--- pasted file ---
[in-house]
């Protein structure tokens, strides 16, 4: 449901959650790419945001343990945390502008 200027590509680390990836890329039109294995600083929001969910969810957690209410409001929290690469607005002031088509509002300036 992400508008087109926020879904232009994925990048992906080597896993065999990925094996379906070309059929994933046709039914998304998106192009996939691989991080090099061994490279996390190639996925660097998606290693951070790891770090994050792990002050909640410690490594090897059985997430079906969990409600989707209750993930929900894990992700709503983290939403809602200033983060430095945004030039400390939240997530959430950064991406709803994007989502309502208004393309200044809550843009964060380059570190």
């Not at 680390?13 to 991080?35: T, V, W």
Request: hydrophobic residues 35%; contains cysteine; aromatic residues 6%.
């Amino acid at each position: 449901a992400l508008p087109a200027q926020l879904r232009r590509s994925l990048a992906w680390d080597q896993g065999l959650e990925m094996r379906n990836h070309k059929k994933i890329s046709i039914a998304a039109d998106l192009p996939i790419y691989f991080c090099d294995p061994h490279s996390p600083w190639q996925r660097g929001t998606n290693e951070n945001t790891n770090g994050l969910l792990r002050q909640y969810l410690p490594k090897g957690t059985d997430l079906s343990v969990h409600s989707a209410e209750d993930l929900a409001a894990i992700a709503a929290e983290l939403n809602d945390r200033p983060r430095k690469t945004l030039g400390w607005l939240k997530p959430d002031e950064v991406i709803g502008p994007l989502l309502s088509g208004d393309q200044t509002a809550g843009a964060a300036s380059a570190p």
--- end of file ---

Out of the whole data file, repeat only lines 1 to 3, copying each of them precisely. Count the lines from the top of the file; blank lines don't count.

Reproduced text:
[in-house]
């Protein structure tokens, strides 16, 4: 449901959650790419945001343990945390502008 200027590509680390990836890329039109294995600083929001969910969810957690209410409001929290690469607005002031088509509002300036 992400508008087109926020879904232009994925990048992906080597896993065999990925094996379906070309059929994933046709039914998304998106192009996939691989991080090099061994490279996390190639996925660097998606290693951070790891770090994050792990002050909640410690490594090897059985997430079906969990409600989707209750993930929900894990992700709503983290939403809602200033983060430095945004030039400390939240997530959430950064991406709803994007989502309502208004393309200044809550843009964060380059570190």
């Not at 680390?13 to 991080?35: T, V, W």